They're an easy option for lunch on the go, but just how healthy is your favourite shop-bought sandwich? Find out now
What are the best and worst shop-bought sandwiches?
Egg mayo, BLT, tuna and cucumber or just good old cheese and tomato – there are so many fillings to choose from. No wonder shop-bought sandwiches are an easy option for lunch on the go, but how healthy are they really?
Us Brits love a sandwich. Two slices of bread, a tasty filling and maybe some crisps, salad or soup on the side – sandwiches make a quick, cheap and filling lunch idea, especially when we’re busy with the kids.
Sarnies are perfect for packed lunches, too. There’s nothing better than tucking in to a really tasty sandwich while putting your feet up for 5 minutes after a morning of housework and chores.
When we make a sandwich at home, we can keep an eye on what we’re putting in so it’s diet-friendly – but what about when we pick up a shop-bought sandwich from a supermarket, bakery or high street shop like Boots?
Lots of shop-bought sandwiches aren’t as good for us as they seem. Especially when it comes to salt – we found a third of a woman’s recommended daily intake (6g) hidden inside some shop-bought sarnies along with lots of other nasties like saturated fat. And even some of the so-called ‘healthy’ takes on classics still contain lots of calories.
So, what are the best and worst shop-bought sandwiches? Well we’ve rounded up the most popular sandwiches from Asda, Morrisons, Sainsbury’s, Tesco, M&S, Boots and Greggs.
Click through our gallery to find out the best and worst shop-bought sandwiches now…
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One of our favourite comfort foods, we love an egg mayonnaise sandwich! But which shop-bought version is best for beating the bulge?
Good work Morrisons! Its egg mayo sandwich fared better than the rest at just 211 calories. It had the lowest salt content too (0.8g). When it comes to fat though, Tesco’s Light Choices egg mayo & cress is the winner, with just 6g and less than a gram of that is saturated fat.
With a whopping 15g of fat and 2g of salt – not to mention the 430 calories – lunching on a Greggs egg mayonnaise sandwich probably won’t do much for your waistline.
Prawns in mayo on fresh bread – yum! But how do the shop-bought versions fare?
Morrisons and Tesco take the crown again! Morrisons’ prawn mayo sandwich wins for calories (232kcal), while Tesco comes up trumps for salt (1.1g) and fat (0.6g) content.
If you’re counting calories, Boots Shapers prawn mayo sandwich is best avoided. It tipped the scales with 287kcal per pack. Marks & Spencer’s Count on Us prawn mayo isn’t too reliable when it comes to salt either – there’s nearly 2g lurking inside.
We all know that cheese isn’t great when we’re trying to slim down, but who can resist? Some shop-bought cheese sandwiches aren’t as bad as others, though…
You could do worse than tucking in to Morrisons’ cheese and tomato sarnie because it’s the lowest in calories (244kcal), fat (11.7g) and salt (1.8g).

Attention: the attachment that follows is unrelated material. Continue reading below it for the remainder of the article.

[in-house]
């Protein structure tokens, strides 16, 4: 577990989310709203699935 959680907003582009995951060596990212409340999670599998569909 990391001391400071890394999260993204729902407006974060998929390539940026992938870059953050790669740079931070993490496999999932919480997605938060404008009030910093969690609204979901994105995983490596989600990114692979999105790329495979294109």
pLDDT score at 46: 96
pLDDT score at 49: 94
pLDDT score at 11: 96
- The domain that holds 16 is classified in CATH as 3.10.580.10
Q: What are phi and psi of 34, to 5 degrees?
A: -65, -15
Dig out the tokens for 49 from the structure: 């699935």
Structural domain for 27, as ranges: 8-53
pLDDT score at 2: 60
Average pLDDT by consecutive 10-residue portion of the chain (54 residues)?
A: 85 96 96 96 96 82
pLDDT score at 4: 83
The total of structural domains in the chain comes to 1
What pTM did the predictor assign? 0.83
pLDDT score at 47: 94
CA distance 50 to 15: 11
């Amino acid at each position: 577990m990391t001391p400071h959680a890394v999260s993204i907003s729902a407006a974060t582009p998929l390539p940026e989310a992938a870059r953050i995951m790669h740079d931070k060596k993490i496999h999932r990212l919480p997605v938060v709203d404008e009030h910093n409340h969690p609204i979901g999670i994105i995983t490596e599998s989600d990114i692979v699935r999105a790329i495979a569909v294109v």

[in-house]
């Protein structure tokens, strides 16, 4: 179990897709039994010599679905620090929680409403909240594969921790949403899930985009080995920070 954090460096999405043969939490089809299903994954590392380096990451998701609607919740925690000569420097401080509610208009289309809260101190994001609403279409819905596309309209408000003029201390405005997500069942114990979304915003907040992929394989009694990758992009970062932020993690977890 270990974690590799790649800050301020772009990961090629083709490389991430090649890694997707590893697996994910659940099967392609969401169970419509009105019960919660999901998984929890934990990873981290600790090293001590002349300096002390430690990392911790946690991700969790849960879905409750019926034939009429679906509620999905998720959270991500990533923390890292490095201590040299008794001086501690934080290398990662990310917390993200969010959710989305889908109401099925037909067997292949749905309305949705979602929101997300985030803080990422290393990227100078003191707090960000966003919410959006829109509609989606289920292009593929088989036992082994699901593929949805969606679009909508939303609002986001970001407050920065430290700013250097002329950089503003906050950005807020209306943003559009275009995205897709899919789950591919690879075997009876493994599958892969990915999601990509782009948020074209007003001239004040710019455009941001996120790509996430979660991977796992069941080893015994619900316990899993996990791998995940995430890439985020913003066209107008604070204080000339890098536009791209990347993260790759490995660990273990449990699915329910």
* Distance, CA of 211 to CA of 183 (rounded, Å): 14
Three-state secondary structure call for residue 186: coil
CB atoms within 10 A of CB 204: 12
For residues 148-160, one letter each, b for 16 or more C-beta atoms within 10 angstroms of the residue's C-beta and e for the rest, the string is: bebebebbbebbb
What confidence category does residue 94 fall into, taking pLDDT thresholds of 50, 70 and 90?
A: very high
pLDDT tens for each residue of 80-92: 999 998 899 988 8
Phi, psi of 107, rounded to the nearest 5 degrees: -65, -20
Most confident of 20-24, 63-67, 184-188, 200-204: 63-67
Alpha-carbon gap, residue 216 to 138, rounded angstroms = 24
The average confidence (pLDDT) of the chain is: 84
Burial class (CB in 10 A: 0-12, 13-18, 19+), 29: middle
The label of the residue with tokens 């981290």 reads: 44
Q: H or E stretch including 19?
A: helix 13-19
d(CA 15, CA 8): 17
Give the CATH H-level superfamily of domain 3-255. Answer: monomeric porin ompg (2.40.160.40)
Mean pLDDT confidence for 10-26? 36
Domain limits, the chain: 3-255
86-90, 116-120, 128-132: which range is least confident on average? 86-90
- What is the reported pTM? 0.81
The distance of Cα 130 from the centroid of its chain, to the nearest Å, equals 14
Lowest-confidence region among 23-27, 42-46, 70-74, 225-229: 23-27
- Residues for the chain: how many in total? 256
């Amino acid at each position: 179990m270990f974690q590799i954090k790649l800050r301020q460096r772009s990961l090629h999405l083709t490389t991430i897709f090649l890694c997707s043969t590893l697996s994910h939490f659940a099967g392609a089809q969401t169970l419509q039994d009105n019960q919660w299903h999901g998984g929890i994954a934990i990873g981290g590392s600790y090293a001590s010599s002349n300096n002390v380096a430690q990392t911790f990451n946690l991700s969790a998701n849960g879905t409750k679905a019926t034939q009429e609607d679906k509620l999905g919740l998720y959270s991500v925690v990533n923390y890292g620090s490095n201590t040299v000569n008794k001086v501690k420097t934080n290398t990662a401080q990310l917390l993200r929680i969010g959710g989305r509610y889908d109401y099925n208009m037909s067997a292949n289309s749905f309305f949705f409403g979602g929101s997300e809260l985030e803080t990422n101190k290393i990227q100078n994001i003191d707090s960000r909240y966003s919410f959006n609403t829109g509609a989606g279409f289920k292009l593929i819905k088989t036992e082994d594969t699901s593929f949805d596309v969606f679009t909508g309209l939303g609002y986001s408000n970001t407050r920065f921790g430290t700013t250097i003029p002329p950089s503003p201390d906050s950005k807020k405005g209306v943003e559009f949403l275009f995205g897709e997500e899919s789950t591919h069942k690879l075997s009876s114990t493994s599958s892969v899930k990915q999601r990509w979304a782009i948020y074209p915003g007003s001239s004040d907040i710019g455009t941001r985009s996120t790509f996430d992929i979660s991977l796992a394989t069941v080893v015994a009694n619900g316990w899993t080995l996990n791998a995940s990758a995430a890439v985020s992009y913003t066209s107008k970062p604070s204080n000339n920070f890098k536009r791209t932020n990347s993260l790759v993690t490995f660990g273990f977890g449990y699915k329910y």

Greggs’ cheese and tomato sandwich isn’t great for calorie counters. There are 450kcal hidden between the bread. Asda’s offering comes in a close second – it might have just 379kcals, but the highest fat content with a hefty 18g of the stuff!
You can’t beat the crunch of a tuna and cucumber sarnie! All of the tuna sandwiches we tested were from the shops’ healthier ranges, but how did they measure up?
When it comes to calories, the clear winner is Tesco. Its Light Choices tuna and cucumber sandwich is just 205kcal. Fat-wise they’re all pretty similar, but Marks & Spencer’s Count on Us tuna and cucumber sandwich takes the crown with just over 3g – and less than 1g of that is the really bad stuff, saturated fat.
Greggs again! Even its tuna with reduced fat mayonnaise & cucumber freshly-made sandwich isn’t all that healthy, packing 360 calories and 2g salt. Asda’s Good For You tuna sandwich is the fattiest with 10g of the stuff, although none of that is saturated fat.
Another goodtoknow favourite! Which shop-bought chicken and sweetcorn sandwich should you pick up for lunch if you’re trying to be good?
It’s a tie between Greggs and Sainsbury’s. Both sandwiches contain just 310 calories, but Greggs takes it when it comes to fat – the healthy reduced fat mayo option boasts just 6g per sandwich. Yum!
Marks & Spencer’s British chicken and sweetcorn sandwich is really rather naughty, and not just because of the 415 calories. There’s also nearly 15g fat and 3g sugar to contend with. Tesco’s chicken and sweetcorn doesn’t fare much better, there’s 15g of fat hiding inside.
An absolute classic – how good does this BLT sandwich look? But how many calories will a shop-bought version cost you?
Perhaps unsurprisingly a BLT isn’t the healthiest option, but Morrisons’ bacon, lettuce and tomato sandwich isn’t as bad as you might think with the lowest calories (just over 200), fat (7.7g) and sugar (2g). A no-guilt option.
There are some pretty bad offenders to be found in this category. Asda’s bacon, lettuce and tomato sandwich is definitely the worst. Brace yourself, there are 490 calories and 27g fat to be found inside! That’s more than a third of your daily allowance of fat in one small sandwich! Marks & Spencer and Tesco versions aren’t much better. Check the label on this sandwich filling if you want to stay in shape.